The Concerto Grosso is a form of baroque music where two groups, a smaller one known as the concertino, and a larger one, colorfully named ripieno (i.e. filled), play together a musical ping-pong of sorts that fuses into a stately harmonious whole.

I love the Concerto Grosso: it is full of great pathos that never decays into sentimentalism. You can clearly feel that each story in the Seicento was still a destiny...

Please enjoy Torelli's Christmas Concert Opus 8 Number 6, skillfully played by the Solistes de Versailles.

Merry Christmas everybody!

(*) actually, some attribute the paternity of this form to Stradella, but the first printed Concerto Grosso is, as far as I know, one by Corelli.

Thursday, December 20, 2007

Poetry Readings I: Abdication, by Fernando Pessoa


Toma-me, ó noite eterna, nos teus braços
E chama-me teu filho... eu sou um rei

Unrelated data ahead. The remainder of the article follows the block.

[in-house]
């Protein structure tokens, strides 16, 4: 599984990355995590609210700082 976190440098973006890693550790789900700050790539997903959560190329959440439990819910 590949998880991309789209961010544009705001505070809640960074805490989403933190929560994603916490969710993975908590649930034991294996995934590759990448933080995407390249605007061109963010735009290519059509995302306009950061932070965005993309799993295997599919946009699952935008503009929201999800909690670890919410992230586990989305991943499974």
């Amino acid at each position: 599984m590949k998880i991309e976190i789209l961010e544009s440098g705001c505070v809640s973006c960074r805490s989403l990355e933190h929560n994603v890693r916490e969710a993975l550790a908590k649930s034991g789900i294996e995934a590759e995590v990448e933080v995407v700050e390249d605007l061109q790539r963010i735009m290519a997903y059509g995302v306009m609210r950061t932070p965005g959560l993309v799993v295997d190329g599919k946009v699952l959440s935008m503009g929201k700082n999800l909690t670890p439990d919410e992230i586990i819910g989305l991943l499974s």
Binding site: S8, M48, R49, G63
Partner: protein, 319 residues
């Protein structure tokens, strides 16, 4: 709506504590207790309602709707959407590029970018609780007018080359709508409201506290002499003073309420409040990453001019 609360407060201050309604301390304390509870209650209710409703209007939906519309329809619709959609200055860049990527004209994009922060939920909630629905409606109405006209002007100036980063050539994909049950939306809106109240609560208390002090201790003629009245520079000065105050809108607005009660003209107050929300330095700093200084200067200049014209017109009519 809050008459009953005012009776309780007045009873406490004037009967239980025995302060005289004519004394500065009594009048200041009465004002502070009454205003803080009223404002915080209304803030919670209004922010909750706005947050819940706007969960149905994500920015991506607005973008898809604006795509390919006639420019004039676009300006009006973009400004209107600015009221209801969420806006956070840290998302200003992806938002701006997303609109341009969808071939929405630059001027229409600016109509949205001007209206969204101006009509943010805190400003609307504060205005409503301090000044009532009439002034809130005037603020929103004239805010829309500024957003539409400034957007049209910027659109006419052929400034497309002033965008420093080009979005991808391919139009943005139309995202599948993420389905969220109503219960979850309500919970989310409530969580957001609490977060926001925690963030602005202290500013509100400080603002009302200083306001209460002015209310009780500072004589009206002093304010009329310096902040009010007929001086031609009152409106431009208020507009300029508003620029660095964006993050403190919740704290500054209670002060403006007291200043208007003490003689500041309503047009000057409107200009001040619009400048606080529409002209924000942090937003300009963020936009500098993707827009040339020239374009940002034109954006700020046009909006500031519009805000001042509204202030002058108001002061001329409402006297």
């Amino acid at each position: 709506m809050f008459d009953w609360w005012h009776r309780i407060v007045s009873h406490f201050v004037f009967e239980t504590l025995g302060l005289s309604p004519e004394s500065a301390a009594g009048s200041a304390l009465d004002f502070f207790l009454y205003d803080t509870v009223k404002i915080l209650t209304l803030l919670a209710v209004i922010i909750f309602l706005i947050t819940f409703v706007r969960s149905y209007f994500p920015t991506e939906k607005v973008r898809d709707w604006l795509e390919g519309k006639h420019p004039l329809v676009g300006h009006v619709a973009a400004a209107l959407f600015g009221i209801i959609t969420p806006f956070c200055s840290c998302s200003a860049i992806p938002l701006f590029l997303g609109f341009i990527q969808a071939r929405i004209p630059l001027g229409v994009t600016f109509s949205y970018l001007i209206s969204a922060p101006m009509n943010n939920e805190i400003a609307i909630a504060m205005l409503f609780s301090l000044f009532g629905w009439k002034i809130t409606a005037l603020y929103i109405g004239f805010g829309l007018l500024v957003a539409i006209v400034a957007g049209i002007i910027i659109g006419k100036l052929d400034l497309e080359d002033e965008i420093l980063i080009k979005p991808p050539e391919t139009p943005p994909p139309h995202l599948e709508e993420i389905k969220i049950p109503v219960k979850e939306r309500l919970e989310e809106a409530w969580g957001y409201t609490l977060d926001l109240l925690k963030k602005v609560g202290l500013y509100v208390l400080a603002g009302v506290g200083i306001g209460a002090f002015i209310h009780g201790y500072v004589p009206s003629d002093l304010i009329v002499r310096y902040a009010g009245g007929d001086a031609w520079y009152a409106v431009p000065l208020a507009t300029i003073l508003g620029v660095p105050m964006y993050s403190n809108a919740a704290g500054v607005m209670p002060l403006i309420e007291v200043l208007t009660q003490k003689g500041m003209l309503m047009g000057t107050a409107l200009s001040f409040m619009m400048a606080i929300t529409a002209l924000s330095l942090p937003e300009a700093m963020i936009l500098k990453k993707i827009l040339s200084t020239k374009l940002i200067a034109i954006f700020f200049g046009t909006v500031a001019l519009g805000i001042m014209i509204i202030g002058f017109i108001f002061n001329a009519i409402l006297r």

que voluntariamente abandonei
O meu trono de sonhos e cansaços.

Minha espada, pesada a braços lassos,
Em mão viris e calmas entreguei;
E meu cetro e coroa - eu os deixei
Na antecâmara, feitos em pedaços

Minha cota de malha, tão inútil,
Minhas esporas de um tinir tão fútil,
Deixei-as pela fria escadaria.

Despi a realeza, corpo e alma,
E regressei à noite antiga e calma
Como a paisagem ao morrer do dia.


Take me, O eternal night, in your arms
and call me your son.... I am a king
who willingly forsook
my throne of dreams and fatigues.

My sword, heavy in tired arms,
I entrusted to virile and calm hands;
my scepter and crown-I have left them
in the antechamber, broken in pieces.

My chain mail, so useless,
my spurs of so futile tingling